Joint Meeting Pacific Section, AAPG & Cordilleran Section GSA April 29–May 1, 2005, San José, California
Deformation of the Miocene-Pliocene Muddy Creek Formation, Southern Nevada: Lake Mead Fault System, Salt Tectonics, or Both?
Andrew D. Hanson1, Peter A. Druschke1, Robyn A. Howley1, Nathan R. Suurmeyer1,
Bud Benneman1, Martin B. Erwin2, and B. T. Mclaurin1
1 Department of Geoscience, University of Nevada Las Vegas, 4505 South Maryland Parkway, Box 454010, Las Vegas, NV 89154-4010, [email protected]
2 Department of Biological Sciences, Univ of Nevada Las Vegas, 4505 Maryland Parkway, Las Vegas, NV 89154-4004
Our research indicates that the uppermost Miocene-Pliocene Muddy Creek Formation (MCF) within the Overton sub-basin was syntectonic and related to the Lake Mead fault system (LMFS), salt tectonics, or both. Previous studies hypothesized that the MCF is post-tectonic infill of middle Miocene extensional basins, but our work invalidates this hypothesis. Our interpretations are based on field observations including measurement of 12 stratigraphic sections, as well as provenance, paleocurrent, and structural data collected near The Narrows of the Virgin River SE of Overton, Nevada. The results indicate that the MCF is comprised of sand-dominated fluvial redbeds with dominantly southward paleoflow, unconformably capped by pebble to boulder conglomerates. An ash layer near the top of the redbeds contains abundant sanidine and is being prepared for Ar/Ar analyses. Previous K-Ar analyses of an ash, in a similar stratigraphic position within the MCF further to the north, yielded an age of approximately 5Ma. The upper MCF redbeds are therefore presumed to be Pliocene in age. The MCF redbeds near The Narrows are folded with dips as steep as 45o, but capping conglomerates fan from similarly steep dips to near horizontal within the span of a few tens of meters. MCF beds contain a syntectonic syncline/anticline pair south of a large (~2km diameter) circular depression near the Virgin River delta. Normal and strike-slip faults cut the MCF, as well as Pliocene-Quaternary(?) petrocalcic soil horizons developed atop the conglomerates. These faults, the aforementioned folds, and the close proximity of the Hen Spring fault of the LMFS, indicate a possible link between MCF deformation and movement along the LMFS since the Pliocene(?). South of the study area domal salt structures cropped out in areas now inundated by Lake Mead and thick subsurface Neogene salt has been documented. Therefore, salt may have extended under the study area, became diapiric, and evacuated during the Pliocene(?). The depression mentioned above might be the site of a collapsed/dissolved diapir. Subsidence adjacent to such a diapir could have produced the fanning of dips in the MCF. Therefore, salt tectonics may have played a key role in Neogene deformation of the area. MCF deformation appears to be related to LMFS deformation, salt tectonics, or a combination of both.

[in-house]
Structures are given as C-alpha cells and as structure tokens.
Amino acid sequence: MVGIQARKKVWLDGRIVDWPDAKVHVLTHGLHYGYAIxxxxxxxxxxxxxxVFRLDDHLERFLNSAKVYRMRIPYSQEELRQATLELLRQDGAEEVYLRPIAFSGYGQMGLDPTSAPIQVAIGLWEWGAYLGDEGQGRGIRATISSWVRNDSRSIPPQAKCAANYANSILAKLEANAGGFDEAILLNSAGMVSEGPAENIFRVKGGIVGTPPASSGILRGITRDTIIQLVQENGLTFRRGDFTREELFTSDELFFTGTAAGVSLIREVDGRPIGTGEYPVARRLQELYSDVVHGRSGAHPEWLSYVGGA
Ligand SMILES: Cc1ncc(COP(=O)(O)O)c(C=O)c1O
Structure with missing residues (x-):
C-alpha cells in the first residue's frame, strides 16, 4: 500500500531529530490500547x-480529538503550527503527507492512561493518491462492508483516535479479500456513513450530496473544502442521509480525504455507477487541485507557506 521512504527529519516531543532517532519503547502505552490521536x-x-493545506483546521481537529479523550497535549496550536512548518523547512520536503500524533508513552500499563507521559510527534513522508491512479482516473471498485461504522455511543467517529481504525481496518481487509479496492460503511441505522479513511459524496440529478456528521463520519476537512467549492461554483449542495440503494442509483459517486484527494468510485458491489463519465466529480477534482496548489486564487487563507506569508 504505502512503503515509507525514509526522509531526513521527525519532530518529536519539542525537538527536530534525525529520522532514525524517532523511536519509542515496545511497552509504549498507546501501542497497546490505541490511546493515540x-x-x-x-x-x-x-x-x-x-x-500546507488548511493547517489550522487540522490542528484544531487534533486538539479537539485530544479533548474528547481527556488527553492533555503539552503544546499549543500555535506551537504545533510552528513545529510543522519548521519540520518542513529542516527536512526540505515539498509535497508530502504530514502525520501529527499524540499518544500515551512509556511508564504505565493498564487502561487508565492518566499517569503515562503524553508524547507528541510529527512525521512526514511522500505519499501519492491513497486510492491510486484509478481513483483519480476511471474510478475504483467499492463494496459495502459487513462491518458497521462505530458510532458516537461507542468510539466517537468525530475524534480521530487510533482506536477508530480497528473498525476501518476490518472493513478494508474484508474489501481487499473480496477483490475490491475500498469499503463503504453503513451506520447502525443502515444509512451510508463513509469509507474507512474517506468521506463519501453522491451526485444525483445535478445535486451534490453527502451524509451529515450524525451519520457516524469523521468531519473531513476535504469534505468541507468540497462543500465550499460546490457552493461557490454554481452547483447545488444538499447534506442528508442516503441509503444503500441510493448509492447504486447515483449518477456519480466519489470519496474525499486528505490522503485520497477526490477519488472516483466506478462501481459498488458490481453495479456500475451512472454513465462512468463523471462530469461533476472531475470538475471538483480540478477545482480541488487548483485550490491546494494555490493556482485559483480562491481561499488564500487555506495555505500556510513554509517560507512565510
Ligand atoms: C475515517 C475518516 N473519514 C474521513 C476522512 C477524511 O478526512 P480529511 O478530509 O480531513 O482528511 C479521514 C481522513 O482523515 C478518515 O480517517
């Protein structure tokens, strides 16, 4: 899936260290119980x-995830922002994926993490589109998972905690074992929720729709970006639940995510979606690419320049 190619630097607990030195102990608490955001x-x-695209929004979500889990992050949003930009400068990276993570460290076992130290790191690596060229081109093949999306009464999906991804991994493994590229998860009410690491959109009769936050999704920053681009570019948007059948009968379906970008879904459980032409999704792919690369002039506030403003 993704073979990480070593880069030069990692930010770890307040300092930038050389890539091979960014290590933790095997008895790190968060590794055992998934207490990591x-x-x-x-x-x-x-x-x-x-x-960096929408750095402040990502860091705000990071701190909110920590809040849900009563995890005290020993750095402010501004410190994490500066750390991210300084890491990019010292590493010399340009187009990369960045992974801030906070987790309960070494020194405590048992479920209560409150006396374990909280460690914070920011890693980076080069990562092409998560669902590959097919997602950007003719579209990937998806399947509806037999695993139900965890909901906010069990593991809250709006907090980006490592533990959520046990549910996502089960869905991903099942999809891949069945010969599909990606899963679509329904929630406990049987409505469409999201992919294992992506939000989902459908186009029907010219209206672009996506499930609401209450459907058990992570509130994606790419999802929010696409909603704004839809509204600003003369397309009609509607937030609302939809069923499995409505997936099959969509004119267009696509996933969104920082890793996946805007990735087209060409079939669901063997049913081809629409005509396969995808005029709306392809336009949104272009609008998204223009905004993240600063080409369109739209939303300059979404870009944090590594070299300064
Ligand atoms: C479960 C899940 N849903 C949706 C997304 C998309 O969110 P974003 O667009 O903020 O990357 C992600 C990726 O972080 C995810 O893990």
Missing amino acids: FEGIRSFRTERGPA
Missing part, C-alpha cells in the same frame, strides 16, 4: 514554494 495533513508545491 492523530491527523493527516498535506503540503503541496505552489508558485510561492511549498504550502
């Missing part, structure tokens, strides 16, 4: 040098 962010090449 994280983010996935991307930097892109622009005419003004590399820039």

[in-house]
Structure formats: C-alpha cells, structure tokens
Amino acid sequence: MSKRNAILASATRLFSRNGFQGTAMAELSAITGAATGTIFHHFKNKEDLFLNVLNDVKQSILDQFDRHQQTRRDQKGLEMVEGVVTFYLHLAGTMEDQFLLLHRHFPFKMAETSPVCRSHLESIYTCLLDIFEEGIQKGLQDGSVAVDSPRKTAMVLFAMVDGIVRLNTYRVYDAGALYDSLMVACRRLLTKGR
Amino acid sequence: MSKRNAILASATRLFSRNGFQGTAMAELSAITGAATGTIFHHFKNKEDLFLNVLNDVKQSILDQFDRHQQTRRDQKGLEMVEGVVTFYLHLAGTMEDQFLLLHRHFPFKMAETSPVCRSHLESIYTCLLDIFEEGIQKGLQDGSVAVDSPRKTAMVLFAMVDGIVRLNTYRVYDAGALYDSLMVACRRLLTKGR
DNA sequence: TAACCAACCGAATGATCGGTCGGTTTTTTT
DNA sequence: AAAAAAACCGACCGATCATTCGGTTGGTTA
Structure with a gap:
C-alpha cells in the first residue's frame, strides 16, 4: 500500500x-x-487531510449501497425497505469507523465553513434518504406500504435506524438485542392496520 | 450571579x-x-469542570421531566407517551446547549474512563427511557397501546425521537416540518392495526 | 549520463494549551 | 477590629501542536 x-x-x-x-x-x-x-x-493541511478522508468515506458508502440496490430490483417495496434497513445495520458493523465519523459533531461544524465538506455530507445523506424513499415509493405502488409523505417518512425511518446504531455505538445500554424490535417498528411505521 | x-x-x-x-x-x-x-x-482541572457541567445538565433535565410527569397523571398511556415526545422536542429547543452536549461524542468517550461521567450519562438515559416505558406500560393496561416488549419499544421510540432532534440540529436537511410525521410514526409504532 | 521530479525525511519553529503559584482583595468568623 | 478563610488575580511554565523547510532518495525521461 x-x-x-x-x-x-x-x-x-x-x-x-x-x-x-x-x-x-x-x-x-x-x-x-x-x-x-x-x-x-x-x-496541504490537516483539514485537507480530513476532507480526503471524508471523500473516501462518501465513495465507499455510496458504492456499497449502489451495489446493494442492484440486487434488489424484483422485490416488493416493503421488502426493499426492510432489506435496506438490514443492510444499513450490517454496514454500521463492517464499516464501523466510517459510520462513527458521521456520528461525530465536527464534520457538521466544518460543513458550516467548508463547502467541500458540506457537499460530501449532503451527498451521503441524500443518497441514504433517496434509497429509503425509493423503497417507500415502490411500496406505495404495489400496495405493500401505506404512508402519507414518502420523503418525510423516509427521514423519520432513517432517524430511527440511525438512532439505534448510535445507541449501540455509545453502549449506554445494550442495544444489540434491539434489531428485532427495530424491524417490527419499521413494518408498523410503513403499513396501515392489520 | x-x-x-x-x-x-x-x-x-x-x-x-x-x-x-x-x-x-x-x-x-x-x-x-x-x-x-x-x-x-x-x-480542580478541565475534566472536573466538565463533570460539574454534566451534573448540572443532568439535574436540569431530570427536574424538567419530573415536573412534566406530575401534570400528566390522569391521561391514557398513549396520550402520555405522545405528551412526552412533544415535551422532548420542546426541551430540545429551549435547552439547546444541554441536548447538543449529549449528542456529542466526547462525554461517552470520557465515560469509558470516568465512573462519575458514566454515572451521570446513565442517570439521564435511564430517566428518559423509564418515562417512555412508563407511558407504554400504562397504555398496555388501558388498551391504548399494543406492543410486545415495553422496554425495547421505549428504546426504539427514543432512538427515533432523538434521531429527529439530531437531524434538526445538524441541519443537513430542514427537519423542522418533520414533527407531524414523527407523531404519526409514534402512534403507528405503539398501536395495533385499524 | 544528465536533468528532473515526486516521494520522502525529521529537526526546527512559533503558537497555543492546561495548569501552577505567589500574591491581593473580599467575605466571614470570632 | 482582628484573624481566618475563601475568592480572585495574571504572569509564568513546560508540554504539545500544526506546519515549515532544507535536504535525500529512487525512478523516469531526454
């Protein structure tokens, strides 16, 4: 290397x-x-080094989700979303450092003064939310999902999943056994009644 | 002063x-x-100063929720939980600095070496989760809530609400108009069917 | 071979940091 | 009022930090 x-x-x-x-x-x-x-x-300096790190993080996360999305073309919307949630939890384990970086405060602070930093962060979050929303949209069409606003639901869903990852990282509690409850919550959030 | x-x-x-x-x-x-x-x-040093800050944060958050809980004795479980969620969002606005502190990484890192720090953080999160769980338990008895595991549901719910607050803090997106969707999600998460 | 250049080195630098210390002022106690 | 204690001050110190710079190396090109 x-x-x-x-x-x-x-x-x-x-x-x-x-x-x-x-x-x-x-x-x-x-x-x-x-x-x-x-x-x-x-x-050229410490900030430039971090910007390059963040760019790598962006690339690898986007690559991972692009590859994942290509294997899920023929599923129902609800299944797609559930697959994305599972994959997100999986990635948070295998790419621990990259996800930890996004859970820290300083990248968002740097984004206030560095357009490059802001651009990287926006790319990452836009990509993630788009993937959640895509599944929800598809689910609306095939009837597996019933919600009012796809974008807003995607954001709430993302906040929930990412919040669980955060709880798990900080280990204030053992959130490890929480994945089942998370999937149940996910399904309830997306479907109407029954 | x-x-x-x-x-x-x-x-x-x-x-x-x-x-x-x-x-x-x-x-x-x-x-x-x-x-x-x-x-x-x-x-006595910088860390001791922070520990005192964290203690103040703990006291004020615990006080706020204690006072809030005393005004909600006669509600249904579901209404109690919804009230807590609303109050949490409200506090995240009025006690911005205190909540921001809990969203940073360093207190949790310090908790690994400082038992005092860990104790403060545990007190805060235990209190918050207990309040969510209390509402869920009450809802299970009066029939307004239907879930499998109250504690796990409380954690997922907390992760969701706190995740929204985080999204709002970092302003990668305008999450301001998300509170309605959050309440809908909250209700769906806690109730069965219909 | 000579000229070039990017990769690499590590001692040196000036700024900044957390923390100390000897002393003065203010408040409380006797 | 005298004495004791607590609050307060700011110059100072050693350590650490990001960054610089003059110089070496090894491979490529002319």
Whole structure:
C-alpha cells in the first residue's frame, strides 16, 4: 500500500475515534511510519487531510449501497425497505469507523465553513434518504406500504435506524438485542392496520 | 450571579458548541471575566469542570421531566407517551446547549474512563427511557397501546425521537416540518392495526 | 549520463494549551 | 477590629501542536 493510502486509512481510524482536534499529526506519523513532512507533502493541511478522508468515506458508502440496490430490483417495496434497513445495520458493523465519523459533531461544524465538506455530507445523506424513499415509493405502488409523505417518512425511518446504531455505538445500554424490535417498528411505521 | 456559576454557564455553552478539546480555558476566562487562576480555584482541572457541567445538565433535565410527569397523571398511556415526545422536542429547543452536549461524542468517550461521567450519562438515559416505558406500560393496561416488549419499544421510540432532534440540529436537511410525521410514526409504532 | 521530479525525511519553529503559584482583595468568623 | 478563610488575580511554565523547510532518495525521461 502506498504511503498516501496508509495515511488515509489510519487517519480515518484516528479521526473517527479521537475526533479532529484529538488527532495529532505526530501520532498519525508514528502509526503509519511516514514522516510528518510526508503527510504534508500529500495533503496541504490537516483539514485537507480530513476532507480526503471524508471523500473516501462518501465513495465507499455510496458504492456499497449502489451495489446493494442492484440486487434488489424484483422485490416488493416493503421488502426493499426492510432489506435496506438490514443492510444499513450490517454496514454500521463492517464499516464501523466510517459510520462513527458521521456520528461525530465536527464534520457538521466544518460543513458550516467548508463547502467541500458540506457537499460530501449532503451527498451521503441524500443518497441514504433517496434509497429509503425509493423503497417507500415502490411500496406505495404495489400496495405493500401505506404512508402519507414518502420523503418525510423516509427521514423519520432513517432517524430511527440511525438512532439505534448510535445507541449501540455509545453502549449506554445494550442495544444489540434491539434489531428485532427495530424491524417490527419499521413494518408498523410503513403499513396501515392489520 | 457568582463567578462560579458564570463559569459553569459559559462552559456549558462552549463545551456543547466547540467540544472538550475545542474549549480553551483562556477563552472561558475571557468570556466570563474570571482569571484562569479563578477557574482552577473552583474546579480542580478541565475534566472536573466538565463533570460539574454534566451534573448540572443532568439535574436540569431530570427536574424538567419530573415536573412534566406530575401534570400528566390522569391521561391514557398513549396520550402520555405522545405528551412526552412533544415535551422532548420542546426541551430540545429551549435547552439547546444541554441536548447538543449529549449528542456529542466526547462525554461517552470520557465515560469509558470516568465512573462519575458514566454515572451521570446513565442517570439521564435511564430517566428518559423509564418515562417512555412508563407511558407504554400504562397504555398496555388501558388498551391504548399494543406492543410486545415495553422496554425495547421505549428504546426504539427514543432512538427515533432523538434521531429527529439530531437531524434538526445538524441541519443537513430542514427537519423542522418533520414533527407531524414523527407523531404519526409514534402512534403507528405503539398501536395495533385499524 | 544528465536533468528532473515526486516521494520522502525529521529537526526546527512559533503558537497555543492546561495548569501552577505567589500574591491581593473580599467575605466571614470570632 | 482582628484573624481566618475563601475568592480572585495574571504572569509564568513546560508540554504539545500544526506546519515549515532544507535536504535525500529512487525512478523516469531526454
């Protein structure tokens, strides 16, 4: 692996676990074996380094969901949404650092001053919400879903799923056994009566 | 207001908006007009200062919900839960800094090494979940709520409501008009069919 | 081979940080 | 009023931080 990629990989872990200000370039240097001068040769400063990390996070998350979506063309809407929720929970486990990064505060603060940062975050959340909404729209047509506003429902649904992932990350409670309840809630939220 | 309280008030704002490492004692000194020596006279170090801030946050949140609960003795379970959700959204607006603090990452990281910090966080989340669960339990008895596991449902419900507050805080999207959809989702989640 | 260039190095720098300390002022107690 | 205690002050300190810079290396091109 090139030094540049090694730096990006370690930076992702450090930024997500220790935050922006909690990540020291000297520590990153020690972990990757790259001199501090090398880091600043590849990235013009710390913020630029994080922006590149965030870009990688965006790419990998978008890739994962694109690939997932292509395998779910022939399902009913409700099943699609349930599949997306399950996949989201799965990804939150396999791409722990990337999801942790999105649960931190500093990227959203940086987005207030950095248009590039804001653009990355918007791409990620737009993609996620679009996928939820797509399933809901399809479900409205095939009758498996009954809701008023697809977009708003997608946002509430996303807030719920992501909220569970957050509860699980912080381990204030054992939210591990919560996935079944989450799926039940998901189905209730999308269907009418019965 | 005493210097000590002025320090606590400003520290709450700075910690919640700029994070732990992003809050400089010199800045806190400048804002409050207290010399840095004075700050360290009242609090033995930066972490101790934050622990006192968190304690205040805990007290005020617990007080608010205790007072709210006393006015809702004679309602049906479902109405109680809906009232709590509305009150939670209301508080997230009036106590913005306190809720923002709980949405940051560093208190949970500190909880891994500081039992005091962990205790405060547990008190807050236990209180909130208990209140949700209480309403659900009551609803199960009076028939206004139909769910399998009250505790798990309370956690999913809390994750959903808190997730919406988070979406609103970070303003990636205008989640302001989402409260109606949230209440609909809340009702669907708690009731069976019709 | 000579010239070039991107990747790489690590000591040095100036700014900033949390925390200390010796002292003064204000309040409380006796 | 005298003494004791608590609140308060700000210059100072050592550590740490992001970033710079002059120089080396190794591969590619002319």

Posted with permission of The Geological Society of America; abstract also online (http://gsa.confex.com/gsa/2005CD/finalprogram/abstract_85723.htm). © Copyright 2005 The Geological Society of America (GSA).